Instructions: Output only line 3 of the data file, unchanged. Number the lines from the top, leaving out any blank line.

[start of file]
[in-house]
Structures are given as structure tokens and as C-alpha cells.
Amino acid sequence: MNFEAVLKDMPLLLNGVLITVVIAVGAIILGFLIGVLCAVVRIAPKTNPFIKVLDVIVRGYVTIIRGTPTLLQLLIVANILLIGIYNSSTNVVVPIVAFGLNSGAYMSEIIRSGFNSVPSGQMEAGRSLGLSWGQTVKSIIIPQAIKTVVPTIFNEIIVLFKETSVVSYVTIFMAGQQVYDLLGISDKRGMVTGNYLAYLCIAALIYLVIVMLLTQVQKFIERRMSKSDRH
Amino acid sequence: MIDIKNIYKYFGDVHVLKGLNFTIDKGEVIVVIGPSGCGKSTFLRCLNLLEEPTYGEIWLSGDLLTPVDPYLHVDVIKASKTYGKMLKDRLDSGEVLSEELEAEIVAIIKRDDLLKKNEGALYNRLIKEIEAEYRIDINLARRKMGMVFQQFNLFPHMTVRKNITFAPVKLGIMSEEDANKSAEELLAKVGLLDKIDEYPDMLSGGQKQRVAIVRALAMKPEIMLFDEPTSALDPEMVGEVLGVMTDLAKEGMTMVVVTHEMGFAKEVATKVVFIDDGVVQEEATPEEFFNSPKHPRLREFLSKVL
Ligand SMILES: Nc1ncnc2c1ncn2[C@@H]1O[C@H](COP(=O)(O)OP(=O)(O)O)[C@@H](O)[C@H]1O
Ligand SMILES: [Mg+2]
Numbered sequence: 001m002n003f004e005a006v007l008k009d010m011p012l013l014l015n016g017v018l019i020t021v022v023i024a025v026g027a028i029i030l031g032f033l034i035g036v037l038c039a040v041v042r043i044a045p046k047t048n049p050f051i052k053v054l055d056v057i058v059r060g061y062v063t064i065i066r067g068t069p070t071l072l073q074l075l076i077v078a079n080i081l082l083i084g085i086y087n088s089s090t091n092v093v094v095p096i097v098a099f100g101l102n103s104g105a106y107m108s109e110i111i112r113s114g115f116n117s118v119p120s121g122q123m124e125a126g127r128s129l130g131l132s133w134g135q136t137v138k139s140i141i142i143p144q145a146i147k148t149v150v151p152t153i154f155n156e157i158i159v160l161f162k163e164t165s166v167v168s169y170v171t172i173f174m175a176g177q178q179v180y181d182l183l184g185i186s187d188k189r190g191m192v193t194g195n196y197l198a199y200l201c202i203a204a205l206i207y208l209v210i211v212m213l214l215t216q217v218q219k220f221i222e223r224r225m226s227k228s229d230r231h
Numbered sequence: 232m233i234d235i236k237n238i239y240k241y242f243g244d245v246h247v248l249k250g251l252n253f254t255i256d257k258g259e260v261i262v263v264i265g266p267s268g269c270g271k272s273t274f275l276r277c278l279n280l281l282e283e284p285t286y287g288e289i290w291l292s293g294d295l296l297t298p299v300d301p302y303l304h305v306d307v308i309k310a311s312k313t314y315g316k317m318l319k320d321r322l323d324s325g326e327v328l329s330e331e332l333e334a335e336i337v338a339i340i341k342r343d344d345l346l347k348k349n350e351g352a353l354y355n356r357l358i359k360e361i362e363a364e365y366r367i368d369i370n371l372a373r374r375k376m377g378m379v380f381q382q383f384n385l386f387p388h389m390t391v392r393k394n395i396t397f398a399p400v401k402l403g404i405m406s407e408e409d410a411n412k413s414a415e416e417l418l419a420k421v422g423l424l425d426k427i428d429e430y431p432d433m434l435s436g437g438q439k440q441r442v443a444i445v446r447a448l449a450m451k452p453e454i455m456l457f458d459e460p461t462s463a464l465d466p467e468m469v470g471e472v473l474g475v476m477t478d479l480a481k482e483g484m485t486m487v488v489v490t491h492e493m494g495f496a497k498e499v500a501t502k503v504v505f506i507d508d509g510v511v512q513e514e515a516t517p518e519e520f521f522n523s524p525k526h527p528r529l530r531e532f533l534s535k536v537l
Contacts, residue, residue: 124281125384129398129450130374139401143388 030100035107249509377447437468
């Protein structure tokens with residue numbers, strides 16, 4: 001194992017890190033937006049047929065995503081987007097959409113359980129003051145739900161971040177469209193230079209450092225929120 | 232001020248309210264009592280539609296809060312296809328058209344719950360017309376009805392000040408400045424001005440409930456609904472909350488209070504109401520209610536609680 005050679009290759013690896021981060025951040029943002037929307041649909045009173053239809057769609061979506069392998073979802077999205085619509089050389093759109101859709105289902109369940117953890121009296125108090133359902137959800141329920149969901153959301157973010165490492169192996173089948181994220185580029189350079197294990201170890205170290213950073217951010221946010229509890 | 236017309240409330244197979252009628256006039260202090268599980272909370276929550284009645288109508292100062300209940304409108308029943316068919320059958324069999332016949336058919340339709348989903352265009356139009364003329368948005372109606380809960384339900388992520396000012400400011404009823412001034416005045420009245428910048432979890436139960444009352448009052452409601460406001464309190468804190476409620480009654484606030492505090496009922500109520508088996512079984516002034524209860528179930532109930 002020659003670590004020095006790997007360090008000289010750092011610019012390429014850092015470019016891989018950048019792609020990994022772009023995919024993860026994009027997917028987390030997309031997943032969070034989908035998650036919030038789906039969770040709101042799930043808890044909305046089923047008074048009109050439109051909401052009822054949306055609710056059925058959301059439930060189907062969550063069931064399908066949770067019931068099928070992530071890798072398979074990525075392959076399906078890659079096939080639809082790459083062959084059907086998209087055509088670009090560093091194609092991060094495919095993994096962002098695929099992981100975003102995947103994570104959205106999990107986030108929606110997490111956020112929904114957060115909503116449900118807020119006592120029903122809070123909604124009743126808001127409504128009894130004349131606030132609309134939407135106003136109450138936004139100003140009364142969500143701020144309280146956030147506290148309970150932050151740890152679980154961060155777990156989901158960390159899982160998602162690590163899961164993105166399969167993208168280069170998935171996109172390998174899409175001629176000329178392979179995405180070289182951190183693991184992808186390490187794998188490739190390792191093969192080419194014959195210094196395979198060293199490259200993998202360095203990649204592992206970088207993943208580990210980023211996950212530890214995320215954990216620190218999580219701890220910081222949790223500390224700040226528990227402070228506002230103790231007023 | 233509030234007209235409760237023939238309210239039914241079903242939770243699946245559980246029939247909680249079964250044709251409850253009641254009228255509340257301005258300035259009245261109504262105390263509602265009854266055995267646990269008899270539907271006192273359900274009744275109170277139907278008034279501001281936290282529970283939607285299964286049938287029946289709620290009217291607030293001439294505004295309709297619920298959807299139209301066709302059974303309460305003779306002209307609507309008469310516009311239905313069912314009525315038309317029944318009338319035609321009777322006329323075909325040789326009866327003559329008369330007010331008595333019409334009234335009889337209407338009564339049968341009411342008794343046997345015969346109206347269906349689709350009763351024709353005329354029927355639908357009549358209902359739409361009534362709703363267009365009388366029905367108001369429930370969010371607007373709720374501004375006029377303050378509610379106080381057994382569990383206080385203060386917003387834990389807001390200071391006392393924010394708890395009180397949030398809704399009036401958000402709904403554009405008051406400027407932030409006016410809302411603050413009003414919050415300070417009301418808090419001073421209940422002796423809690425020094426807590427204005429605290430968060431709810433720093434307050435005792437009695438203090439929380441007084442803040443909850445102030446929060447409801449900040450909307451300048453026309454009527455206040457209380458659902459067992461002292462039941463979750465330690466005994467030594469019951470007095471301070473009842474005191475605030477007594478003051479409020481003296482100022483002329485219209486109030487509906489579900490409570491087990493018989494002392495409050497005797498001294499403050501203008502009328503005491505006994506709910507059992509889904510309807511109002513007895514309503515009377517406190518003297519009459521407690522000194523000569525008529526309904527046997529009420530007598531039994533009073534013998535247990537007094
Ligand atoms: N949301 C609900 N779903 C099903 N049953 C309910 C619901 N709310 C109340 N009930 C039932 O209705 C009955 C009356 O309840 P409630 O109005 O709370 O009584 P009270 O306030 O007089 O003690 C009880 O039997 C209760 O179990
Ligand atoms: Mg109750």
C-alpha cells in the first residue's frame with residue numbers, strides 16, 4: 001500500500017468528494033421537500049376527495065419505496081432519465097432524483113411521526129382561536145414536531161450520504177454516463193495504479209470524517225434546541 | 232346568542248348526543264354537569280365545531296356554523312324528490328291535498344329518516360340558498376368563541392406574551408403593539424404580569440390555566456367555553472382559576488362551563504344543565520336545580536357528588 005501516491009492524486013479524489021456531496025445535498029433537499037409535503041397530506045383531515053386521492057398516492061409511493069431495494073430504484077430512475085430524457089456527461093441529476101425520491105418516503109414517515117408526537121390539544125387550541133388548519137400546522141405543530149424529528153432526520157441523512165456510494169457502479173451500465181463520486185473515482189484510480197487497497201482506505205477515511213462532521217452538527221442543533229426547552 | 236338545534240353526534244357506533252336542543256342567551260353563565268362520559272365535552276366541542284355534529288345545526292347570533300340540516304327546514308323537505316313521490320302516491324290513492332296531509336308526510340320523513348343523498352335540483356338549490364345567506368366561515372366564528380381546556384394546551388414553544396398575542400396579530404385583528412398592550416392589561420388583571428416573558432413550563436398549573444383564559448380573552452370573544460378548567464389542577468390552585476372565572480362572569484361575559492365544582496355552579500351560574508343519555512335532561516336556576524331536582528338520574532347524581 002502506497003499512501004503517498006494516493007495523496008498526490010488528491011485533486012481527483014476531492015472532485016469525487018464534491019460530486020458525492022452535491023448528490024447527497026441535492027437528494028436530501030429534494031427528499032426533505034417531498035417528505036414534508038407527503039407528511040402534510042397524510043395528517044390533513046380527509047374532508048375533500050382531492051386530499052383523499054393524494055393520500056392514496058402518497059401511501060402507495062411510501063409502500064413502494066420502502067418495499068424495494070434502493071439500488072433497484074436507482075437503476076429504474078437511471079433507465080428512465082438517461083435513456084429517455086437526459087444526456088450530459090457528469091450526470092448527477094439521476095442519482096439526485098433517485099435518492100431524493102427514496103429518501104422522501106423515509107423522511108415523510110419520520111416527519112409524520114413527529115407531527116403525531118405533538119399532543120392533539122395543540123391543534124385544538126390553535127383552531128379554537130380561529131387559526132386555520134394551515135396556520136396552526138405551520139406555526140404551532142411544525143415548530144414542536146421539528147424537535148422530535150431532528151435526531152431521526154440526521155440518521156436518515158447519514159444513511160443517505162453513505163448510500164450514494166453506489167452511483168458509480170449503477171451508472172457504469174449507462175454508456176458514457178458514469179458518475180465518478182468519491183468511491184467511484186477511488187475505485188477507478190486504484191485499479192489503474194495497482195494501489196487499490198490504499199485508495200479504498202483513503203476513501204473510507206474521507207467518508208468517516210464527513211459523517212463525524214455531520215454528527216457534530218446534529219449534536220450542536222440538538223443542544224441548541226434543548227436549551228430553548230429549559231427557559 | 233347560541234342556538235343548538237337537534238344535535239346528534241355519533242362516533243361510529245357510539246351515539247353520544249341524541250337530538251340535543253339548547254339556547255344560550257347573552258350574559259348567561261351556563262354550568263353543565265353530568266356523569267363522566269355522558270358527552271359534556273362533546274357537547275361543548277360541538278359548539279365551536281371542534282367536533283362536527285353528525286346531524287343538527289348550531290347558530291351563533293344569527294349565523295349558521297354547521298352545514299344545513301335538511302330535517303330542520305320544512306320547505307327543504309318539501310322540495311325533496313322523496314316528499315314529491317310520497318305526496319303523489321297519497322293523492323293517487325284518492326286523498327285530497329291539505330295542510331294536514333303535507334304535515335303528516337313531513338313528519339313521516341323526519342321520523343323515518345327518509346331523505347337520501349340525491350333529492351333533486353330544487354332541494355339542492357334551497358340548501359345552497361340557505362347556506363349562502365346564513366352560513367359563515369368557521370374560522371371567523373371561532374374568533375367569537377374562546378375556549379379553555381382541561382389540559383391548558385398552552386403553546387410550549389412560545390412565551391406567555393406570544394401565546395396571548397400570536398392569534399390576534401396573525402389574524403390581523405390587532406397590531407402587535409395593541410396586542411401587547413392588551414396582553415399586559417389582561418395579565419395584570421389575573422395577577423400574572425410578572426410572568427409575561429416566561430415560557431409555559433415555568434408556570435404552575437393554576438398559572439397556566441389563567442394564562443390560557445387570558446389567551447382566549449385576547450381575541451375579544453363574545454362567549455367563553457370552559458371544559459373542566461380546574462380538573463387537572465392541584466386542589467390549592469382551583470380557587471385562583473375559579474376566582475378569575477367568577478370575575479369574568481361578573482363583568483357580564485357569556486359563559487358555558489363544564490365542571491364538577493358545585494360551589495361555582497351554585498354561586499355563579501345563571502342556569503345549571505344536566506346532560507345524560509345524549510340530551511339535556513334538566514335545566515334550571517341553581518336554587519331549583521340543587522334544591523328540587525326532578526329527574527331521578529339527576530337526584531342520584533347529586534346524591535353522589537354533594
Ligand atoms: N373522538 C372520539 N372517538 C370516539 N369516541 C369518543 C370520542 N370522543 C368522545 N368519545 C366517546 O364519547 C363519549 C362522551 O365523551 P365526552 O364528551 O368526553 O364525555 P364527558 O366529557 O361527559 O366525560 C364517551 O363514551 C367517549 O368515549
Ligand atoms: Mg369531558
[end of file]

Amino acid sequence: MNFEAVLKDMPLLLNGVLITVVIAVGAIILGFLIGVLCAVVRIAPKTNPFIKVLDVIVRGYVTIIRGTPTLLQLLIVANILLIGIYNSSTNVVVPIVAFGLNSGAYMSEIIRSGFNSVPSGQMEAGRSLGLSWGQTVKSIIIPQAIKTVVPTIFNEIIVLFKETSVVSYVTIFMAGQQVYDLLGISDKRGMVTGNYLAYLCIAALIYLVIVMLLTQVQKFIERRMSKSDRH